TB: And, you know Dan, it’s also hard to ignore that most of the states taking this approach — Louisiana, Arkansas, Texas — are politically conservative places where raising taxes is very unpopular. So forcing insurers to pay these local rates is an appealing way to make sure that ambulance providers are made whole; patients don’t get surprises; [and] taxpayers don’t get stuck with the tab. 

DG: And I’ve got to imagine this approach makes insurers and employers — the ones paying these rates — sort of nervous, right? Like how much can they trust these home-cooked numbers?

TB: Yeah, critics argue that if ambulances can name any price, they lose any incentive to save money, [and] local governments could inflate rates — use insurers as a kind of cash cow to cover other costs. 

DG: And just to connect the dots here, Tara, that could ultimately hurt patients, right? If insurers’ ambulance costs go way up, they could turn around and raise premiums on patients like Precious. 

TB: In theory yes, though for some perspective here: Sources told us ambulance costs are a very small sliver of insurers’ overall costs. So, it’s unlikely that they radically change our premiums.

Backers of this approach, like Butch in Texas, add that local rate setting is public and transparent. Finally, at least one of these laws does include a cap on how fast the local rates can be hiked.

DG: Very good. Thanks so much, Tara. Really appreciate it. 

TB: You’re welcome.

DG: Bob, your turn. You got the skinny on another approach states have taken to this tricky question.

Bob Herman: That’s right, Dan. So this other fix has been adopted by two states: Colorado and Maine. Rather than letting local governments name their price, these states did something different. They use what Medicare pays for ambulance services kind of as a benchmark, and then they go up from there. So in Colorado, private insurers agreed to pay 325% of Medicare’s rate — and in Maine, they settled on 180%.

DG: And so this approach, Bob, seems a bit more like a compromise. Like, the local ambulance providers — the Chief Petes — won’t get every dollar they want, but they’ll get closer to what they think is the full cost of the care.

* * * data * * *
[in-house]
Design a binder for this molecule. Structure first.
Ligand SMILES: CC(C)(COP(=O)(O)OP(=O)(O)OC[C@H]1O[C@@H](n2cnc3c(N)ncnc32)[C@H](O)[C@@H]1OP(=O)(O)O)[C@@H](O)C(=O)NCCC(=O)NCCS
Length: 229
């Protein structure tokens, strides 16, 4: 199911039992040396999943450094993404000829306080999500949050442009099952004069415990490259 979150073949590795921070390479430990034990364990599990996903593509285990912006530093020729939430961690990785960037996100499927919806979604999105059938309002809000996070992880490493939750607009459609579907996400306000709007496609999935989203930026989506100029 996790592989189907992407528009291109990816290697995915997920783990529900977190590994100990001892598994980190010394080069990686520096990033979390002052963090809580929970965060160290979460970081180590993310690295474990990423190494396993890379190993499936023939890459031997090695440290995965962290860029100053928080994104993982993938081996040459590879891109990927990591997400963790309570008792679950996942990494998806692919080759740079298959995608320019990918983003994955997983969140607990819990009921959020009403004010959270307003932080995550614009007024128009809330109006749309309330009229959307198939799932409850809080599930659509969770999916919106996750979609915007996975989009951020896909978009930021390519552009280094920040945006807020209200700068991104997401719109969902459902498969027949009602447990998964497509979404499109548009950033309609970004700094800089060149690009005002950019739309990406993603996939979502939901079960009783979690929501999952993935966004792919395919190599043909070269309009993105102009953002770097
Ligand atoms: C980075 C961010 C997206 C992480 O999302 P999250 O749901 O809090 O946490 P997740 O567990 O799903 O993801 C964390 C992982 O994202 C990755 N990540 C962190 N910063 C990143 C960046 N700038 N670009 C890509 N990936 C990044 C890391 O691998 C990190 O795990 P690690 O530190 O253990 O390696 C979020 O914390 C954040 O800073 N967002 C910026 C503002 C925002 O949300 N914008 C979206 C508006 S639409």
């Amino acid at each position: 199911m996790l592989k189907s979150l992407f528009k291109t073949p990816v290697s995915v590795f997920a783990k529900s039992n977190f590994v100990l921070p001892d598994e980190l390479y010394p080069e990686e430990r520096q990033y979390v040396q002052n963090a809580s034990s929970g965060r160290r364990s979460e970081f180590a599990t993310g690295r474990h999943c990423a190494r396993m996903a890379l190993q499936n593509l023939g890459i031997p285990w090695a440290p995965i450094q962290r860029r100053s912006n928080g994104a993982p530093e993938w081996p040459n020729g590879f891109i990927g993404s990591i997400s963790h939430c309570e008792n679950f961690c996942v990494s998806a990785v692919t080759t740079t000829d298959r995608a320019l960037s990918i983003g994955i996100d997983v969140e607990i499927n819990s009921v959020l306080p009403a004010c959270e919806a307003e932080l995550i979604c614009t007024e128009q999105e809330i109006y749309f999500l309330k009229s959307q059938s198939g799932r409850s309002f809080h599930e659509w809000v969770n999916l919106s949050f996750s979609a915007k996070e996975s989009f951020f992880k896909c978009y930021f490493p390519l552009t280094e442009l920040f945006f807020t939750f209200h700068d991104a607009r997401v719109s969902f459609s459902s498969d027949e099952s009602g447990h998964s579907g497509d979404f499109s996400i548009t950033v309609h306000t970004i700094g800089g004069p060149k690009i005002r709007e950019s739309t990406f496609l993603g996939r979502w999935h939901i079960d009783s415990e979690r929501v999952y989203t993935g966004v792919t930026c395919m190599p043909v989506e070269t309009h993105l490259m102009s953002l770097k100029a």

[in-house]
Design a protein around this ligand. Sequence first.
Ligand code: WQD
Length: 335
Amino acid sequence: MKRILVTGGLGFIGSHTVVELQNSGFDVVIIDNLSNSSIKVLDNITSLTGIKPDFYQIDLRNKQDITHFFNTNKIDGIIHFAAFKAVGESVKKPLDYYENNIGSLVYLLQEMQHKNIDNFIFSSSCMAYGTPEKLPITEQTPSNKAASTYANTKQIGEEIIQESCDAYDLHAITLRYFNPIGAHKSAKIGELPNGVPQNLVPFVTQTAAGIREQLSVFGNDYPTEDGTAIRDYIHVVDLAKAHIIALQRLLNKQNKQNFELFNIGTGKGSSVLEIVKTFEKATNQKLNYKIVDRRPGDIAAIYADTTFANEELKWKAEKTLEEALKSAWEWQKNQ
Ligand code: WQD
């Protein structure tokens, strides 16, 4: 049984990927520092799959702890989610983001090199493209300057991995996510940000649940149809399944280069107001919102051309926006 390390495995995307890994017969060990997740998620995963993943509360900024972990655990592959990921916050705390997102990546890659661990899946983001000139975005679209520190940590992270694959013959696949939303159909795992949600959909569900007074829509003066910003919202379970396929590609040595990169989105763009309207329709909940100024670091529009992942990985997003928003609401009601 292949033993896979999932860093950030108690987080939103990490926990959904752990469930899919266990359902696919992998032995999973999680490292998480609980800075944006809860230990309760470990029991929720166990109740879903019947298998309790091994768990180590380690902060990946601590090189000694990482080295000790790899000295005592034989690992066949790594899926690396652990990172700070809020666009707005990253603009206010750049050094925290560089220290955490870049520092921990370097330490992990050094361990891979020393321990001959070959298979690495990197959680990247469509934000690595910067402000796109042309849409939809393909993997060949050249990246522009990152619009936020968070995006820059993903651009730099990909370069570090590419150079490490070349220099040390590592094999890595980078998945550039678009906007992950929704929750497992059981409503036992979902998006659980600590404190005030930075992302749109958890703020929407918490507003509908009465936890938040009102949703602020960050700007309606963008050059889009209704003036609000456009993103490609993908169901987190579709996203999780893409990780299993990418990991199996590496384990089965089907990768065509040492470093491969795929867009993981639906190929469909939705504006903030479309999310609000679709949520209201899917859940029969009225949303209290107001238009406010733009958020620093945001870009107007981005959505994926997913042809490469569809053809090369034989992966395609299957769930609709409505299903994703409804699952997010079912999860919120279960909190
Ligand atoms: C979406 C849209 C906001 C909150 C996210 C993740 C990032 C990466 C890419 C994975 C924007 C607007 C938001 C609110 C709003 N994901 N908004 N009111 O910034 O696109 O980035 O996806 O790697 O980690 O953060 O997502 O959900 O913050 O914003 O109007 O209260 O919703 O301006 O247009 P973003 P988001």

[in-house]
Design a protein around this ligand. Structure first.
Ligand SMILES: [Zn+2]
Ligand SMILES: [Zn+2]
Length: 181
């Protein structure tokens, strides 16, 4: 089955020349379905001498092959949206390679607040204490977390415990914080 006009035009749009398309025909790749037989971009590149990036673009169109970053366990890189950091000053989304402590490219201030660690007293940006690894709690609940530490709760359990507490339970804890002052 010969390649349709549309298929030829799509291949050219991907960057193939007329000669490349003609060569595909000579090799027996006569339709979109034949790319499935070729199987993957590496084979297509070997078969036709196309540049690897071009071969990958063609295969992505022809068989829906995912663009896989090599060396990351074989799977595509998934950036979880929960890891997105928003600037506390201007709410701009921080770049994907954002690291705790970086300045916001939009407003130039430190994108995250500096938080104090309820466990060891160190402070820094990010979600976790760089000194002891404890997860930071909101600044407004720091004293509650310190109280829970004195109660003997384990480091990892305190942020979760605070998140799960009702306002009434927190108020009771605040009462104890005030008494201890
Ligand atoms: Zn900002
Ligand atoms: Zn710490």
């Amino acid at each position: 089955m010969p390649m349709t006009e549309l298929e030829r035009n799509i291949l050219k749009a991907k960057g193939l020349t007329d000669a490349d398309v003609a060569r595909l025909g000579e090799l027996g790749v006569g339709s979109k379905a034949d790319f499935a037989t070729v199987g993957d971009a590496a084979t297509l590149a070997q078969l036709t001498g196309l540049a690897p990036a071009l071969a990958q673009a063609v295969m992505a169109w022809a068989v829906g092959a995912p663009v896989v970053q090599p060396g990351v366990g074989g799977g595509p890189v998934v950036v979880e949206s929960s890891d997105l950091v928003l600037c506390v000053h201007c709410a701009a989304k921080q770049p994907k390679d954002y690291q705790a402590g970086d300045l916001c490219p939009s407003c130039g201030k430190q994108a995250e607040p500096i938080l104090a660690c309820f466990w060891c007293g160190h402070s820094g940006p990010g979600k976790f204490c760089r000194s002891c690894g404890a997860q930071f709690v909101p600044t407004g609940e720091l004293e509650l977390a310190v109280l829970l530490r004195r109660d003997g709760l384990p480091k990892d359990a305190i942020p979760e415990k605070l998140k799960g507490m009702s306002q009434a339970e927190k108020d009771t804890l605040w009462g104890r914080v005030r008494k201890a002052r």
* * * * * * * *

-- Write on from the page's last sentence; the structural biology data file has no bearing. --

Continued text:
BH: Yeah, I mean, how fair of a deal you think it is really depends on what you think of the rates Medicare pays. Now as you might expect, insurers like the lower government rate. But ambulance providers say Medicare pays way too little.

So, in Colorado, ambulances run by cities, towns and counties balked. They told lawmakers, [who offered] 325% of Medicare, they weren’t going to participate.

DG: Wait. Three times the government’s rate and they still turned it down?

BH: Yeah, exactly. So patients who happen to take one of these publicly run ambulances in Colorado can still get hit with a hefty bill. 

But, Dan, this whole Medicare benchmarking approach might be doomed at the federal level. I talked to Zach Gaumer, a consultant who used to advise Congress on Medicare policy.

Zach’s actually done the math. He mapped out how the current rates that private insurers pay ambulances compare to what Medicare pays, and Dan, it was all over the place.

Gaumer: The variation in the payments that I see suggests that almost whatever level they pick, there’s going to be significant winners or losers.

BH: It’s going to be really hard for any member of Congress to sign off on a plan that slashes their ambulance services, obviously.

DG: Thanks, Bob.

BH: You’re welcome, Dan.

DG: Just last week, we got a glimpse at how a debate on the Hill might go.

GAPB Committee Meeting: There’s a lot of blood, sweat and tears that have gone into this. So thank you so much for the significant time commitment…

DG: Pete Lawrence and the 16 other members of the federal Advisory Committee on Ground Ambulance and Patient Billing voted on a plan that will be delivered to Congress early next year.

GAPB Committee Meeting: Alright, Tara, if you’ll take the vote. Regina Crawford? Yes. Rhonda Holden? Yes. Patricia Kelmar? Yes.

DG: Almost every member agreed to end the surprises and instead charge privately insured patients a predictable max of $100 per out-of-network ambulance ride.